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Five Drawbacks to Going to Medical School

Aug 1, 2013 Jennifer Williamson, Distance Columnist | 0 Comments

Medical school is generally seen as a safe choice—even in a difficult economy. Newly-minted doctors rarely have trouble finding jobs, have their choice as to where in the country they want to work, and these jobs pay very well. Or so the conventional wisdom goes. A career in medicine isn’t always the golden ticket it’s made out to be, however. Here are a few realities about the job that prospective doctors should be aware of.

A high-paying job isn’t guaranteed

After completing medical school, aspiring physicians must serve as “residents” in hospitals and other health care facilities, performing training in a specific field. This step is essential on the path to becoming a fully licensed physician.

There are plenty of medical schools across the country—with new ones opening regularly and filling every seat. And there is plenty of demand for physicians—there’s even predicted to be a huge shortage in a few decades as the baby boomer population ages. But there’s a bottleneck between medical school and a full professional career—and it happens in the residency stage.

Still, the number of medical residency spots available has stayed fairly constant. That’s because residency programs are usually funded by Medicare, which will pay only for a set number every year. That number was set in 1997, and it hasn’t changed since.

Despite that, the US population has grown by more than 40 million people, the complexity of care has grown along with it, and many more medical schools are graduating new classes. And for the first time, the US is experiencing a shortage of residency positions—with some students going unselected. In the past year, approximately 600 medical school graduates did not receive matches.

If you don’t get a residency, you don’t have many options. You may have a student debt load of $200,000 or more—and other science-related jobs you may qualify for, such as teaching at the high school level or becoming a research assistant, won’t come close to paying those loans

You’ll have major student loans

Speaking of loans, medical students rack up an astonishing amount. Medical school is costly, and many medical schools don’t offer housing—so you may have to take out loans to cover living expenses as well. It’s not unusual for medical school students to have $200,000 or even $250,000 in debt by the time they graduate.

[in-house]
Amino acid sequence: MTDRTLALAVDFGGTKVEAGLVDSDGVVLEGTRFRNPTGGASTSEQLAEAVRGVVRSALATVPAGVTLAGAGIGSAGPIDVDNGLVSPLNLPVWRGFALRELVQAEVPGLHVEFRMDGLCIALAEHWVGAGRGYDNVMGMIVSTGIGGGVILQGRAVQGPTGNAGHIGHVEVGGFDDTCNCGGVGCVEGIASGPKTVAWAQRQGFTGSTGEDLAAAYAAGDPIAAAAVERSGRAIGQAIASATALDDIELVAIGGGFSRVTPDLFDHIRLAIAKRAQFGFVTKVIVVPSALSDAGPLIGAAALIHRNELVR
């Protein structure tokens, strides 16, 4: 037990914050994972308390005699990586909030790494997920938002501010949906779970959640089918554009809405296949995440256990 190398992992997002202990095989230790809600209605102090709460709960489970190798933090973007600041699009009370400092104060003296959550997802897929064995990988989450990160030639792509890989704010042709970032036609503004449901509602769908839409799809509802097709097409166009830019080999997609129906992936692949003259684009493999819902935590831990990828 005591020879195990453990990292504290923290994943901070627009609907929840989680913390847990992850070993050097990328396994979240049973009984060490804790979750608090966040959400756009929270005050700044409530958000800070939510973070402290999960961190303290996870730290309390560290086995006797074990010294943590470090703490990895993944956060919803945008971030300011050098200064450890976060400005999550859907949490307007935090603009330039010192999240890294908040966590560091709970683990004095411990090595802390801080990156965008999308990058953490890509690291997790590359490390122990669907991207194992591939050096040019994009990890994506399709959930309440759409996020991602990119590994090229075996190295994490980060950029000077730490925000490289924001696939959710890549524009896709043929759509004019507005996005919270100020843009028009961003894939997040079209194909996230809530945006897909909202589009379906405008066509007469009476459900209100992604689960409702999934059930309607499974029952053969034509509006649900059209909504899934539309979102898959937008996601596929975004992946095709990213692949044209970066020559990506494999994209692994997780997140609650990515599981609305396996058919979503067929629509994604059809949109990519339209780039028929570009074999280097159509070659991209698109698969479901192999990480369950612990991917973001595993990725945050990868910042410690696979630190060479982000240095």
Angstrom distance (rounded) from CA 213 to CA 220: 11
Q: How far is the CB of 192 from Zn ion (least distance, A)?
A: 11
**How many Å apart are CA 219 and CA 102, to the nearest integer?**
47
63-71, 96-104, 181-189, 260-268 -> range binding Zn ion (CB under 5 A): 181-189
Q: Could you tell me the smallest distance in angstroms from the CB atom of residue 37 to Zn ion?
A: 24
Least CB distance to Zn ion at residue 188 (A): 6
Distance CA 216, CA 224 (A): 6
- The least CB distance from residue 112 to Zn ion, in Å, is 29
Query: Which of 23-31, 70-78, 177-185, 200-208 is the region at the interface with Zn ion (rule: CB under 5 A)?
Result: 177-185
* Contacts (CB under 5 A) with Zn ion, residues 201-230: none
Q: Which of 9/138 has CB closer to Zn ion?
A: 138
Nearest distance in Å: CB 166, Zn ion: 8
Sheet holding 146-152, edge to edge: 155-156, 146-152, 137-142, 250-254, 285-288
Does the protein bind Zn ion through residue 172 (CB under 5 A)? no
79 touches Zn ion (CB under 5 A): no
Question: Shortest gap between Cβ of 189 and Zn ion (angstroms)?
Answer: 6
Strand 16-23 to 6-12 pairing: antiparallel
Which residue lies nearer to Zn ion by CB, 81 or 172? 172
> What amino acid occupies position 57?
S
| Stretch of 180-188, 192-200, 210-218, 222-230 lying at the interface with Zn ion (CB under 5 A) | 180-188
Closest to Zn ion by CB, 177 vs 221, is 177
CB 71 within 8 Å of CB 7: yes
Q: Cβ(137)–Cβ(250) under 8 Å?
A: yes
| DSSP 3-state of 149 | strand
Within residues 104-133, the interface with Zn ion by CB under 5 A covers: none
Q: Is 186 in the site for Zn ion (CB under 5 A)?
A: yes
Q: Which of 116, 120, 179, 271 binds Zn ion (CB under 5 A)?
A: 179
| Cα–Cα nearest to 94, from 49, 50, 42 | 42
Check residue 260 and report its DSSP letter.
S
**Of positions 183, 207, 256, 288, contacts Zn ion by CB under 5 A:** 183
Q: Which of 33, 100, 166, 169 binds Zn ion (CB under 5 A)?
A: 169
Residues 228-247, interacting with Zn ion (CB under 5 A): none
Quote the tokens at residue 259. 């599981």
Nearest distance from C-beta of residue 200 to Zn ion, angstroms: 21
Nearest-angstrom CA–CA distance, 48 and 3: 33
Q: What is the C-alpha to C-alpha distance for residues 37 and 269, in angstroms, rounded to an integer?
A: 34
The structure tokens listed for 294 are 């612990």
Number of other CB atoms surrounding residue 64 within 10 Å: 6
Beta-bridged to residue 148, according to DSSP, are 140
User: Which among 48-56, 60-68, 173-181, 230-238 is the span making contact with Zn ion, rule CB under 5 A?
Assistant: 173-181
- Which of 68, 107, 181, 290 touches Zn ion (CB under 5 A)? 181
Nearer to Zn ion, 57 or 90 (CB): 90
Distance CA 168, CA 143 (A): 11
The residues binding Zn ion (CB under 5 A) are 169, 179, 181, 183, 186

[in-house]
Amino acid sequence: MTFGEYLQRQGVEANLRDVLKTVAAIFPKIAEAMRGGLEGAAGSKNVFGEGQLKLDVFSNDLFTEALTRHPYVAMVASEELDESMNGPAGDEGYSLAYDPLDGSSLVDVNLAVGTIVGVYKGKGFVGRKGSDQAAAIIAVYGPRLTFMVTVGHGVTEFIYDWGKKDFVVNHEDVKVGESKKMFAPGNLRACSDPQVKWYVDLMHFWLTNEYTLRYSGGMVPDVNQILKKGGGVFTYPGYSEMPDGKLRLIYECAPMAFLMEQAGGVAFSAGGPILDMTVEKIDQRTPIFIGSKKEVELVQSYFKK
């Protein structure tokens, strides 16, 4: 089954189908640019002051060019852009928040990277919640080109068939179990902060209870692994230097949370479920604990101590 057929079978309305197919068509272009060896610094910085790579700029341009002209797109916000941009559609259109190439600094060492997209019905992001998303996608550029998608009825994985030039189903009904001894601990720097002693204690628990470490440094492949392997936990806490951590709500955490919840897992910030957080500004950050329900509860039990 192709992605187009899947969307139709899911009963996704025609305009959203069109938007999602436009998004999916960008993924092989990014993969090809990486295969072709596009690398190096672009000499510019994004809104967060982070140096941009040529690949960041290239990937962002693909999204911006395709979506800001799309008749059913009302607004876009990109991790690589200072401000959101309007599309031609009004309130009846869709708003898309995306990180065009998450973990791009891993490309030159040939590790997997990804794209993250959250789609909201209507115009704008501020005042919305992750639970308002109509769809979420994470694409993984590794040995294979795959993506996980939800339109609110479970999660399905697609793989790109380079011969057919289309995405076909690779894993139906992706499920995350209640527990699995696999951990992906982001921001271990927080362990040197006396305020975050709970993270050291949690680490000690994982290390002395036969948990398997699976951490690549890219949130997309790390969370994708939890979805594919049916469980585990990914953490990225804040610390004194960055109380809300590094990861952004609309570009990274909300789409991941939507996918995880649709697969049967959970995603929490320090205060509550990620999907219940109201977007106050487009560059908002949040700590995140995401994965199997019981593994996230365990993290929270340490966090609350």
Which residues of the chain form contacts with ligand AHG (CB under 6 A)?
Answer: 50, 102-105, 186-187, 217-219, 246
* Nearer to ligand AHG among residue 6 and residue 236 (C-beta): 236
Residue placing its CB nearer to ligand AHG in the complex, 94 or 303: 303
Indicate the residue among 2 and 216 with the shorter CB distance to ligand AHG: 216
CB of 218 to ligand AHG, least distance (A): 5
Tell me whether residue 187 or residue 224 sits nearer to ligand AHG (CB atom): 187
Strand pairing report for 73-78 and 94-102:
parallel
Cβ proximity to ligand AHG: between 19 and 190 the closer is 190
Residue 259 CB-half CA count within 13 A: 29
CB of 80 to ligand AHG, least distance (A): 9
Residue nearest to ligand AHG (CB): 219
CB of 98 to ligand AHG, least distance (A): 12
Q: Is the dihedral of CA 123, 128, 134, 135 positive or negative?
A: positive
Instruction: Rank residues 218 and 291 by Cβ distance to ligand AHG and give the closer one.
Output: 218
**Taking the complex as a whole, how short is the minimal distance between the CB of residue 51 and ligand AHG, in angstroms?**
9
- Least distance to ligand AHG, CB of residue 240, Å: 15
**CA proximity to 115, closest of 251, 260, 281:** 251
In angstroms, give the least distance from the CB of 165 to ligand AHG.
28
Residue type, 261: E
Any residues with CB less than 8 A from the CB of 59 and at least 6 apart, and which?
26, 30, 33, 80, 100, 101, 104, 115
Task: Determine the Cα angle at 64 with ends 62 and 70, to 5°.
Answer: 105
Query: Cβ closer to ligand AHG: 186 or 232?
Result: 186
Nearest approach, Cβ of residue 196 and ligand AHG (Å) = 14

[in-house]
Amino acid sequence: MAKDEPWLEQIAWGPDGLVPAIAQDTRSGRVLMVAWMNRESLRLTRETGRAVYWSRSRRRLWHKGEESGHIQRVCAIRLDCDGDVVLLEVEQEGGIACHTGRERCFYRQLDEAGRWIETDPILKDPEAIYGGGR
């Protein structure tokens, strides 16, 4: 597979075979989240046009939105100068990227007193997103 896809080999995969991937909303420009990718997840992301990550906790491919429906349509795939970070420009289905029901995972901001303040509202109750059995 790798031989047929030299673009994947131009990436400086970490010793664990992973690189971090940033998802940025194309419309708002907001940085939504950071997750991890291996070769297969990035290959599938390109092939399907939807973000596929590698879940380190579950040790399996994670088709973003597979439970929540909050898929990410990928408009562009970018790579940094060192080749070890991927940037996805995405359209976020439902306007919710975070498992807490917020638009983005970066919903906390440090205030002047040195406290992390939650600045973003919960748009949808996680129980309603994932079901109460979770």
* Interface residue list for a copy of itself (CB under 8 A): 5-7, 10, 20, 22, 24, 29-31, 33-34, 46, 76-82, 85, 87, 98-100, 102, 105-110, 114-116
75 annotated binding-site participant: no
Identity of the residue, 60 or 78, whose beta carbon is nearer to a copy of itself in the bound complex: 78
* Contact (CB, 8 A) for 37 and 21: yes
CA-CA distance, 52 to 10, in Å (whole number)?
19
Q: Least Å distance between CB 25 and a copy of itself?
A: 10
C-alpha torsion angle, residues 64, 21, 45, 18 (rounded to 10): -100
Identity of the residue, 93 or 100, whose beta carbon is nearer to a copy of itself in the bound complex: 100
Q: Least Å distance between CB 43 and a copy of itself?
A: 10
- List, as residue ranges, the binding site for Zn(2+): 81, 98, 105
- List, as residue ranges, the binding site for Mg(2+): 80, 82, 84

Malpractice insurance can eat into your earnings

If you work at a hospital, your medical insurance is covered for you. But if you own your own practice, the cost of this insurance can dramatically cut into your earnings. Malpractice insurance covers you in the event that a patient sues if something goes wrong in treatment. This insurance can cost as much as $180,000 per year for the most expensive regions and specialties—and between that and your student loans, chances are you won’t be wealthy.

A long time between graduation and full work

While you might make good money as a doctor—in many cases—you won’t start earning that money for a long time. Doctors go through some of the longest training and apprenticeship periods of any other specialty, and that time in training can cut into other areas of life—such as marrying, having kids, buying a house, and other important life milestones. From the time you graduate from a traditional or accredited online college to the time you finish your residency, you can typically expect to spend eleven to fifteen years in school.


The long period between training and work means it’s almost impossible to judge which type of medicine you should go into based on economic realities. One specialty that’s in demand today may be facing difficulties by the time you graduate—and there won’t be anything you can do about it. With the changing economic realities, the aging baby boomer population, and the changing landscape of insurance, many new doctors are facing uncertainty as to where their careers will go.

Even so, the choice to go into medical school is still fairly solid. People will always need medical care. And with populations aging and new insurance laws making healthcare accessible to more people, that demand is likely only to decrease. If you choose a career as a physician, chances are you will have a fairly stable and lucrative career—despite the loans.



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